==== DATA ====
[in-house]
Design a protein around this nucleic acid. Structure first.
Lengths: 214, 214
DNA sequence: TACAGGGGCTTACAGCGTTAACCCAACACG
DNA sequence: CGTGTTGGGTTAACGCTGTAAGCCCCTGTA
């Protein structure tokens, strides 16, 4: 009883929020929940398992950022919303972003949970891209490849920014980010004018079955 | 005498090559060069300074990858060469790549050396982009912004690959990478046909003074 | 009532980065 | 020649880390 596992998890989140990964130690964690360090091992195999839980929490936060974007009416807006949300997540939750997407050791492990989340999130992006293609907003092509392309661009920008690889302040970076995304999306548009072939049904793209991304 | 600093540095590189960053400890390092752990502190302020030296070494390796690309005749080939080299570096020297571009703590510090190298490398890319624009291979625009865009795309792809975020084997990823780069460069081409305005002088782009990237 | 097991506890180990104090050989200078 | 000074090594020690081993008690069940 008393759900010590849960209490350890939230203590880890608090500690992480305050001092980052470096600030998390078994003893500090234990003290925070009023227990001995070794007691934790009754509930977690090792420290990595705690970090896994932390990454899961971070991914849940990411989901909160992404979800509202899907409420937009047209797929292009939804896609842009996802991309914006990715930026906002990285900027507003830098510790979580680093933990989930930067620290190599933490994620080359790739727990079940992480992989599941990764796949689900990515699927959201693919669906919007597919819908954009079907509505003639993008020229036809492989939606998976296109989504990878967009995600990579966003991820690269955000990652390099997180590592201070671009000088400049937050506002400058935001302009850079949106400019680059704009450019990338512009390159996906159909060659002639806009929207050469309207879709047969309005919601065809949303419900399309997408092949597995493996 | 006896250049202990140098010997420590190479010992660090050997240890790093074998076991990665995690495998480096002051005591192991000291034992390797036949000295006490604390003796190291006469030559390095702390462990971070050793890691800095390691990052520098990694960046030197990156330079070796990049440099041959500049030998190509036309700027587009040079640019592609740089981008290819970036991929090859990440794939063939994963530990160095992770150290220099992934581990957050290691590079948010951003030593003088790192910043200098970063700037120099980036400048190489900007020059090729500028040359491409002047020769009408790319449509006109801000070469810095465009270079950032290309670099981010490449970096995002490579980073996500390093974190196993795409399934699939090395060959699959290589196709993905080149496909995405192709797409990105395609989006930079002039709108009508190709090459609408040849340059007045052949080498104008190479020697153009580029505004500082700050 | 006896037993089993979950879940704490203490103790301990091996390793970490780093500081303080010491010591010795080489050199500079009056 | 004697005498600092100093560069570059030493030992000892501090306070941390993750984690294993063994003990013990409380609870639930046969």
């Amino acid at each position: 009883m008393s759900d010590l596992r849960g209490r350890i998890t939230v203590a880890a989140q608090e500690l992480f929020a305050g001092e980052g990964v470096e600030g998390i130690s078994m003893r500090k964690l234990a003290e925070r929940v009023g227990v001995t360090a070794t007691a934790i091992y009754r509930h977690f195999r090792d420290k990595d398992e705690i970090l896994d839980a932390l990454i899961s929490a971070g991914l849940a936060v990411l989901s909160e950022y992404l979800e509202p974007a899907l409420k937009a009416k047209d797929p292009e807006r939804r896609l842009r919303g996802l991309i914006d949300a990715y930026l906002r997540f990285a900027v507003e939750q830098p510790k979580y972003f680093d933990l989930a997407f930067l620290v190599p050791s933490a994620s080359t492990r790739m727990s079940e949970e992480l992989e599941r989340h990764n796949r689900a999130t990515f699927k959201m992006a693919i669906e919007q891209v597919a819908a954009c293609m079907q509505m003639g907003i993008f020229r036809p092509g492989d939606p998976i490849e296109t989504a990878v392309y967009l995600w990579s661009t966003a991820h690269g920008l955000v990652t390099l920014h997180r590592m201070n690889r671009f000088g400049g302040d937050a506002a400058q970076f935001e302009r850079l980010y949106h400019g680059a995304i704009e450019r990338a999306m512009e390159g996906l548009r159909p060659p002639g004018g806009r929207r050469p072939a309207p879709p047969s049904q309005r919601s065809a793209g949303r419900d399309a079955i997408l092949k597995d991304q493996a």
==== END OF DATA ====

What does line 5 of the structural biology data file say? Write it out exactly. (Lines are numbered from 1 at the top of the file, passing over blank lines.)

DNA sequence: CGTGTTGGGTTAACGCTGTAAGCCCCTGTA